Since the theme of Sonic Heroes is the power of teamwork, the control schematics were set up for players to toggle between three characters. Speed-type characters, like Sonic and Shadow, are able to perform attacks that lock onto enemies, dash through lines of Rings, and form whirlwinds that either send enemies flying and falling on their backs or climb up poles. Flight-type characters, i.e. Tails and Rouge, can fly temporarily and attack enemies using Thundershoot, which blasts your teammates like rocks from a slingshot. Power-types, i.e. Knuckles and Big, can break through walls and other solid objects and glide up air gusts. Team glides differ between teams in hilarious ways. Team Sonic and Team Dark form love triangles just like skydivers, while Team Rose relies on Big using his umbrella to levitate a la Mary Poppins. Team Chaotix, a trio of detectives reintroduced for the first time since Knuckles’ Chaotix, relies on Vector’s bubble gum to lift them up. These team mechanics made Sonic Heroes an influential game on the rest of the series, including Sonic Colors.

Image via Sega

Sonic Colors, recently re-released under the remastered title Sonic Colors: Ultimate, gives the team mechanic a colorful twist. Sonic runs through Eggman’s interstellar theme all on his own, but calls on the power of Wisps to help him get to places he wouldn’t otherwise reach or set him on an alternate path. To name a few examples, the Cyan Wisp turns Sonic into a laser to reach certain areas and destroy enemies faster than he runs, the Yellow Wisp allows him to drill underground, and the Jade Ghost (a new Wisp made exclusively for Sonic Colors Ultimate) lets him fly through walls and other solid objects a la Danny Phantom. All of the Wisp power-ups are picked up along the way and used on command, methodically, until their power gauges are depleted. Their gauges are refilled when you collect the same species of Wisp or get a different one that’s appropriate for the environment in which they’re placed.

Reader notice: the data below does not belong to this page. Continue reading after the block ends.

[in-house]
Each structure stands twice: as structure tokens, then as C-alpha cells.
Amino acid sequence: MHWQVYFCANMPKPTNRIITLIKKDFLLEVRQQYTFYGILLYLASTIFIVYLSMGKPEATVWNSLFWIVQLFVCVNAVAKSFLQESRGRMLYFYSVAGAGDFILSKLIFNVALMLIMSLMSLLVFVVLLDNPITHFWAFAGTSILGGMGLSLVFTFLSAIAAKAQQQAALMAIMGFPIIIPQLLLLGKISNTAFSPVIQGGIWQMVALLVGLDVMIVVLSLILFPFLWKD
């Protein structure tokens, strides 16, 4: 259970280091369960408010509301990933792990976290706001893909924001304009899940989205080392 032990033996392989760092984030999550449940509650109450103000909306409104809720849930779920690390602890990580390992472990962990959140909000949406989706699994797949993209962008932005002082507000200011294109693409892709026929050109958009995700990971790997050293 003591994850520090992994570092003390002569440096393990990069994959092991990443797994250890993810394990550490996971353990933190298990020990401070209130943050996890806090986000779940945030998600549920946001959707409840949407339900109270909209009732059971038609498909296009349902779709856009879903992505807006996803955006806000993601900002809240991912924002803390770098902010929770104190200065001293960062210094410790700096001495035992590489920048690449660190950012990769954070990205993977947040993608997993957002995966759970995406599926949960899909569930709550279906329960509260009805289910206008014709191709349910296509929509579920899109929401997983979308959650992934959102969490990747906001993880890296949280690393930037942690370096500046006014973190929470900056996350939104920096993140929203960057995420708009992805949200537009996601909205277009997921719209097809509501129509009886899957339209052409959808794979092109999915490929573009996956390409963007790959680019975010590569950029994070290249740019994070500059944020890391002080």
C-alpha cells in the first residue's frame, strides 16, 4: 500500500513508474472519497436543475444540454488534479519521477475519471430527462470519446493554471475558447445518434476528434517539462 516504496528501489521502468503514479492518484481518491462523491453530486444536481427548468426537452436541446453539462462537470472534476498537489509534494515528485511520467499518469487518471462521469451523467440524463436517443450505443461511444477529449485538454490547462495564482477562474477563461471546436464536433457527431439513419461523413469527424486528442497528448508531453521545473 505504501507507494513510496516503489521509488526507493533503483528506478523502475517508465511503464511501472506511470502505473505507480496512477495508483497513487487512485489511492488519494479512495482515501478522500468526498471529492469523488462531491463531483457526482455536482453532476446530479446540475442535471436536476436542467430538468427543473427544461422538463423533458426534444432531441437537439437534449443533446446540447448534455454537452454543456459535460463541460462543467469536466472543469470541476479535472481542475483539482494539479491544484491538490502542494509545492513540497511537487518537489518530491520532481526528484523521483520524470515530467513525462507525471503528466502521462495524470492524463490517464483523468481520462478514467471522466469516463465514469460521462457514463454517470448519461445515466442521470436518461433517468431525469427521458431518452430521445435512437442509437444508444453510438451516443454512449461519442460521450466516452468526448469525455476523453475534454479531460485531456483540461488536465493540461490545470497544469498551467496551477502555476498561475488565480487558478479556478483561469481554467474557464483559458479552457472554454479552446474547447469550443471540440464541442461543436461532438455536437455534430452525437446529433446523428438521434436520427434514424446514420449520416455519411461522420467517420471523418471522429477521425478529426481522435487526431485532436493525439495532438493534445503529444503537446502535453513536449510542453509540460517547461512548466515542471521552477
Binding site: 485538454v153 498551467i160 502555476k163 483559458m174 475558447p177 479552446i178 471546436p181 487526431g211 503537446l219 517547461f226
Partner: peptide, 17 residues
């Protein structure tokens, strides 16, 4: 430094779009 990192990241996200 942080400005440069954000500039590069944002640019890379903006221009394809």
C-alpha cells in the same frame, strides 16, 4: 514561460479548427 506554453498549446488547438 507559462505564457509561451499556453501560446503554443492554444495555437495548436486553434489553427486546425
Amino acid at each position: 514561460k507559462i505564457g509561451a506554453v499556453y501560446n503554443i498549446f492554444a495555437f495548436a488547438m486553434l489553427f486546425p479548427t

Although most fans went straight for Team Sonic upon booting up Sonic Heroes — I was one of them — players who were new to the Sonic series didn’t have to go in cold, as each team had varying levels of difficulty. Team Rose is the best campaign to start with. It begins with a tutorial at Sea Gate that explains the aforementioned team-based mechanics for younger players to ease into. The tutorial also teaches the concepts of Power Cores, little orbs you collect for each team member so that they can become powerful enough to beat down Eggman’s robots in little to no time at all, depending on their size, and Team Blast, which is a special move that attacks all enemies at once when they are too many. Team Sonic and Team Dark are geared for moderate to expert players, although the latter team is more crowded with Eggman’s robots than the former. Team Chaotix’s difficulty level is hard to pin down because all of its levels are mission-based, sending players on a hilarious goose chase to find a set number of items, like hermit crabs, poker chips, keys, Chao, and for some reason, blowing out torches. Every stage has a hidden key that can be used to unlock Special Stages, which were brought back after being absent in the Adventure games. Unlike the rotating labyrinth special stages in the classic Sonic games, these special stages involve running through long tunnels to collect rainbow spheres and Chaos Emeralds, which are needed to unlock the last story.